serene ambition™

transforming the culture of aging

An Elder’s View

Posted by Jim Selman on 11/20/06

An essay was recently sent to me about the current quagmire in Iraq that drew parallels between the current conflict and WWII. I am 100% in agreement with the author’s conclusion that America and our people fought a righteous war against Hitler and the Japanese. I have nothing but respect and gratitude for the sacrifices and duty of my parents and their generation. I agree with the author’s idea that the Islamic fundamentalist Jihadists are committed to a campaign of world domination and that their tactics leave little to the imagination in terms of their willingness to destroy Western Civilization at any cost. I also agree that, somehow, it is essential that our leaders do whatever they must to protect our people and to the extent possible, our way of life.

The essay’s survey of history and its justification of the Iraq war, however, completely skipped over Korea, Viet Nam, apartheid and almost 65 years of the most dramatic and significant social, technological, political and economic change in the history of mankind. It is not an exaggeration to say we live in a different world. This does not, in any way, discount the value of what we might learn from the past. However, it suggests that if we try to draw parallels too tightly or if we try to make decisions today based on the past (which is more likely), we will most certainly deceive ourselves and, like so many institutions today, self-destruct in our arrogant blindness and insistence on holding onto old notions of power, control and the way the world is ‘supposed to’ work.

This blog is about the aging of the post-WWII generation and challenges each of us to “take responsibility for the mess and clean it up before we die”. Okay, Iraq and the seemingly intractable issues in the Middle East are a mess. The conversation is obviously a lot bigger than a single posting in a blog or even a hundred blogs. What I do say is that it is possible to achieve social and political breakthroughs in circumstances where institutionalized conflict and bigotry seem inevitable and permanent. New paradigms do emerge and prevail all the time. The British Empire gave way to a Commonwealth of sovereign nations, the Cold War ended, the internet is transforming mankind’s relationship to knowledge and information. The rate of change today makes most solutions obsolete before they are even implemented: forecasting models are all but irrelevant, and virtually every mechanism and practice for controlling human beings is breaking down.

The bottom line from my perspective is that if we are going to clean up the mess in the Middle East and in the rest of the world it will not be through force or futile attempts to control. It will come to pass—if it comes to pass—because leaders and others take responsibility for the conflicts and invent a new discourse in which widely diverging and seeming irreconcilable cultures and values can co-exist. A hundred years ago, the Civil Rights movement, women voting and globalization were unthinkable and as impossible to imagine as it is to imagine a safe, peaceful and terrorist-free world today.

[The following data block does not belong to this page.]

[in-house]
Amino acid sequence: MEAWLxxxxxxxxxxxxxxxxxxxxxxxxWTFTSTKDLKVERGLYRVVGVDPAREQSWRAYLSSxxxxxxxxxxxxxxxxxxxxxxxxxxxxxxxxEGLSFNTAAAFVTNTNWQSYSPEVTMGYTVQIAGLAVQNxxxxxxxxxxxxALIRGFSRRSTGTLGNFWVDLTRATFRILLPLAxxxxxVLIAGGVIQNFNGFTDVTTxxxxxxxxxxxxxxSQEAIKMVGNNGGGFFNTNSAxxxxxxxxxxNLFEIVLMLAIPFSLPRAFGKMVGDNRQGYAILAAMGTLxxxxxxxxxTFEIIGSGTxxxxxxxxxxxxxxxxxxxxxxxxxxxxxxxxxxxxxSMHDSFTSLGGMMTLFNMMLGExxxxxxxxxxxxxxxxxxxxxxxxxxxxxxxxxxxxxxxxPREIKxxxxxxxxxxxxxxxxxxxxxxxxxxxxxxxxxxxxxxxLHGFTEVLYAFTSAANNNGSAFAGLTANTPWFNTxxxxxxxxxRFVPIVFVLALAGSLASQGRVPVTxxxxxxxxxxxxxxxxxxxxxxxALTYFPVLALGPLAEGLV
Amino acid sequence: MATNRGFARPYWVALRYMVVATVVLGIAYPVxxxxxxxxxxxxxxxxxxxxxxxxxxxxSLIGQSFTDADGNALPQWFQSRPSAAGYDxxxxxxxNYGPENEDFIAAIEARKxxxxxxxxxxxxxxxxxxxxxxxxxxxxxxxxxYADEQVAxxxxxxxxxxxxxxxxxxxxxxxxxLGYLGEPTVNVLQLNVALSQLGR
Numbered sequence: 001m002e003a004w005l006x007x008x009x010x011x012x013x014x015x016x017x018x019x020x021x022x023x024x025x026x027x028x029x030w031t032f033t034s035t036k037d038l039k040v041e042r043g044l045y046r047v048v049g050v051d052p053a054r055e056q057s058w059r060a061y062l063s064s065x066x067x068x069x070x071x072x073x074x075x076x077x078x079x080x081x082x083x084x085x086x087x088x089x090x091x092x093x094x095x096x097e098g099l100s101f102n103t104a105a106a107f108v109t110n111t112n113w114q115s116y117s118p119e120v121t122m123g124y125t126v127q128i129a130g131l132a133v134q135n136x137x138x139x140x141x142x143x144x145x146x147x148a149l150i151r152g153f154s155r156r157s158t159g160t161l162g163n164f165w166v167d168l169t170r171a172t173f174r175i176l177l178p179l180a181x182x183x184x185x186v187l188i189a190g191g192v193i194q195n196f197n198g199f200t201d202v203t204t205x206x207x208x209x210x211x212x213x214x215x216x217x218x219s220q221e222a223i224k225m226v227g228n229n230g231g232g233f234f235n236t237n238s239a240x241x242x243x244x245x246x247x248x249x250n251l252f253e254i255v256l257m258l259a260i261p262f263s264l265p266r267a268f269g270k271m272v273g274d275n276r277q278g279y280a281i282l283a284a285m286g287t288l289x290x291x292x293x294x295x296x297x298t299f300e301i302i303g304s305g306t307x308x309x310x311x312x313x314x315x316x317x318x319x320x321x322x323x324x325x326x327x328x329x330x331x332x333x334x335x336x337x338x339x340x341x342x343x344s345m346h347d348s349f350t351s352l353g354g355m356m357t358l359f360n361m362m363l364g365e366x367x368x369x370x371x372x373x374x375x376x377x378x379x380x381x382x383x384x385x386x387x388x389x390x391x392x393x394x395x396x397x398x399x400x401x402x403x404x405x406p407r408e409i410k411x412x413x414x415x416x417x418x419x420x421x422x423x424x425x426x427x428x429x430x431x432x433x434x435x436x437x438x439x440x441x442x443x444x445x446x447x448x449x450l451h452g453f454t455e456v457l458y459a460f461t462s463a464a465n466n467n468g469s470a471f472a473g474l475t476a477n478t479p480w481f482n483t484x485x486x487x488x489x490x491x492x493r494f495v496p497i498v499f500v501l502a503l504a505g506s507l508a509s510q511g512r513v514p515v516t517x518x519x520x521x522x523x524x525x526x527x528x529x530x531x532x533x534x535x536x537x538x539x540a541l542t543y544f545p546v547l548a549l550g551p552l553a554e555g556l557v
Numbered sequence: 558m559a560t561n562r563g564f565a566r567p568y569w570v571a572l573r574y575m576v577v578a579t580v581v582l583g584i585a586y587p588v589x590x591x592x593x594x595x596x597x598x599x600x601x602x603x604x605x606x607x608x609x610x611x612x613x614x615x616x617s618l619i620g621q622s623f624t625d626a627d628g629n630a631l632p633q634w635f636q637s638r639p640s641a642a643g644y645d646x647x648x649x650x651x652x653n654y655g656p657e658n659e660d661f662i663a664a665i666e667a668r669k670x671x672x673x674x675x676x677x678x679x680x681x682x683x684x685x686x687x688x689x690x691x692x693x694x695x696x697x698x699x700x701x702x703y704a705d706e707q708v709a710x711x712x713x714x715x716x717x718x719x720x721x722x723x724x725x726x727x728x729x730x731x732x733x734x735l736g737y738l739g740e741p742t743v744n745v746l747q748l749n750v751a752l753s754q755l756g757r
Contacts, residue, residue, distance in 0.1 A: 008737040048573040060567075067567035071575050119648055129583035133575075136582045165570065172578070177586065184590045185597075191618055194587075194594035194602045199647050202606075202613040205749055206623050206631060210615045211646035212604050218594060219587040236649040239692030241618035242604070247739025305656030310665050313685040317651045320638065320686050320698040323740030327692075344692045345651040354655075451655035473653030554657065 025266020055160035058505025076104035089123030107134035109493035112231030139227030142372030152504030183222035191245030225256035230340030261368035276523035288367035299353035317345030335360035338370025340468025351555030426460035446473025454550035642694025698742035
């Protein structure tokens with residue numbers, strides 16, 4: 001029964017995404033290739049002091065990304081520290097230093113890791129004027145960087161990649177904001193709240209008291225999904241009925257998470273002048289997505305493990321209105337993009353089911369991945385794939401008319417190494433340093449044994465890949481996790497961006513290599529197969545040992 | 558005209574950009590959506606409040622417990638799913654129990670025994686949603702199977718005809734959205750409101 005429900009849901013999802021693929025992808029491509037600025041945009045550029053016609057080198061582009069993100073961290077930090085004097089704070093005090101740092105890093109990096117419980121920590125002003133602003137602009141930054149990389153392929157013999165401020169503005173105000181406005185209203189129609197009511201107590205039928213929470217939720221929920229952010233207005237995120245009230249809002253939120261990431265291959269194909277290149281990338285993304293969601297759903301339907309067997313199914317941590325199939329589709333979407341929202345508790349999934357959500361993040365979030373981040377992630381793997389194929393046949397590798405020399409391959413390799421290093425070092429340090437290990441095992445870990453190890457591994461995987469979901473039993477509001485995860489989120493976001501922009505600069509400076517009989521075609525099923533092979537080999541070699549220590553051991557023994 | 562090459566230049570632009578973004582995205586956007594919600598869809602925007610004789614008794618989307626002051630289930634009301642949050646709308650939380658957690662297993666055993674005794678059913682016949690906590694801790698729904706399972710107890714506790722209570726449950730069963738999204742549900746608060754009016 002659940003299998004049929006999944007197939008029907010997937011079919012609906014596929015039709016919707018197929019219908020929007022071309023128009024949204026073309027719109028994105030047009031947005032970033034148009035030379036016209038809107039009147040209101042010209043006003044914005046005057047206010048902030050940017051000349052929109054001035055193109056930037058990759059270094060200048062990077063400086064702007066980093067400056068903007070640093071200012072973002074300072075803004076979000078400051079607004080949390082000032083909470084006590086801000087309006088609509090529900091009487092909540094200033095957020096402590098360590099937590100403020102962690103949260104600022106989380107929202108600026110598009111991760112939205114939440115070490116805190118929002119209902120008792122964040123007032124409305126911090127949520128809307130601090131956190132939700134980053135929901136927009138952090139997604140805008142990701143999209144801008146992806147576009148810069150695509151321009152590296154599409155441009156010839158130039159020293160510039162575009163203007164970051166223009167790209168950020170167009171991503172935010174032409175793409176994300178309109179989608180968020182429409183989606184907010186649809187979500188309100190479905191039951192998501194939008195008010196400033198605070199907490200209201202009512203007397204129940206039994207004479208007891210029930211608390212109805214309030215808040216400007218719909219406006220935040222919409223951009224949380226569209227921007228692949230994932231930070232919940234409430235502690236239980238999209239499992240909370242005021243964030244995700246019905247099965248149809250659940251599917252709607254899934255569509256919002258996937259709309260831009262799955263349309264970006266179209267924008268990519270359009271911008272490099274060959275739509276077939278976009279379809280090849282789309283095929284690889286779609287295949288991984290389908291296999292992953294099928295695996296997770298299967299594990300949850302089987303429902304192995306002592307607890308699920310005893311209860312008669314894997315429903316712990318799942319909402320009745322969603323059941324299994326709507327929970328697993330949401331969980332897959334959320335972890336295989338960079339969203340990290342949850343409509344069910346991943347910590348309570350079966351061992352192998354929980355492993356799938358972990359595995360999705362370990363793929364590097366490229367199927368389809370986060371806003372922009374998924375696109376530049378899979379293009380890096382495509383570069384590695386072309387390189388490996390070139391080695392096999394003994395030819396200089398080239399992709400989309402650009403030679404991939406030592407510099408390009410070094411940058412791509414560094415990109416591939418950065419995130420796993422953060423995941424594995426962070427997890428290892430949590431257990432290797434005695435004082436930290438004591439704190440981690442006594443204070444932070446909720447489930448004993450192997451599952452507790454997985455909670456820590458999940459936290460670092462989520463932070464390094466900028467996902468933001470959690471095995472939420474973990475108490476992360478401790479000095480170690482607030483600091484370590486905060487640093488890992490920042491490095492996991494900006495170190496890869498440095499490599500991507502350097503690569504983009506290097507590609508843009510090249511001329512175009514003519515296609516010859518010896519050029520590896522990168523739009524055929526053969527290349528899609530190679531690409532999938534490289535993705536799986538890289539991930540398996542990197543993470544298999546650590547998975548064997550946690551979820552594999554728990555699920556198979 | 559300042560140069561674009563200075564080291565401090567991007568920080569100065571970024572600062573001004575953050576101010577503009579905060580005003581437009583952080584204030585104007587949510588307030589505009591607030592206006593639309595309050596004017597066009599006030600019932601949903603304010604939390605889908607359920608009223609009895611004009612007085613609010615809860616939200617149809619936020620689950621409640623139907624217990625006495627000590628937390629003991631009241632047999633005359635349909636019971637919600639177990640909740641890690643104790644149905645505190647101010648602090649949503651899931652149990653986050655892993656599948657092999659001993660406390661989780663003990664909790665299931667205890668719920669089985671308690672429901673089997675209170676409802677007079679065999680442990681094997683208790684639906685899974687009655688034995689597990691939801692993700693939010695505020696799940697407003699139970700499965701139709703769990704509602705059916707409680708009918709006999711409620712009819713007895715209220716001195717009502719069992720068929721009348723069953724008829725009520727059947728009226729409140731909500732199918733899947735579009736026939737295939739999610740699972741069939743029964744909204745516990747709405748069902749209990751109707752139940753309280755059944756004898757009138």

Perhaps if enough of us ‘idealistic’ boomers aligned on this possibility and exercised leadership and wisdom in finding ‘as-yet-to-be-created’ means for building relationships with those we cannot understand and, with some justification, mutually fear, then our grandchildren might not need to continue fighting WWII and we could again dream of a world that works for everyone.

The International Coalition of Concerned Mediators is leading one example of innovative thinking. They are circulating a petition that encourages building responsible mechanisms for dialogue and negotiation of differences. Their petition declares:

Given that the world is confronted with real and perceived threats from several international arenas we, the undersigned, urge that citizens of our nations insist their elected and appointed government officials immediately engage in honest, direct and unconditional negotiations with all authorities and powers who can resolve these pending crises in ways that are equitable and practical for all concerned without sacrifice to national sovereignty or security. As citizens of the world and as professional negotiators and mediators we urge that proven conflict resolution processes be employed now.

I invite you to take a moment to visit their site and add your name to their growing list of supporters.

© 2006 Jim Selman. All rights reserved.

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One Response to “An Elder’s View”

  1. This is my first time visit at here and i am really pleassant to read
    everthing at one place.

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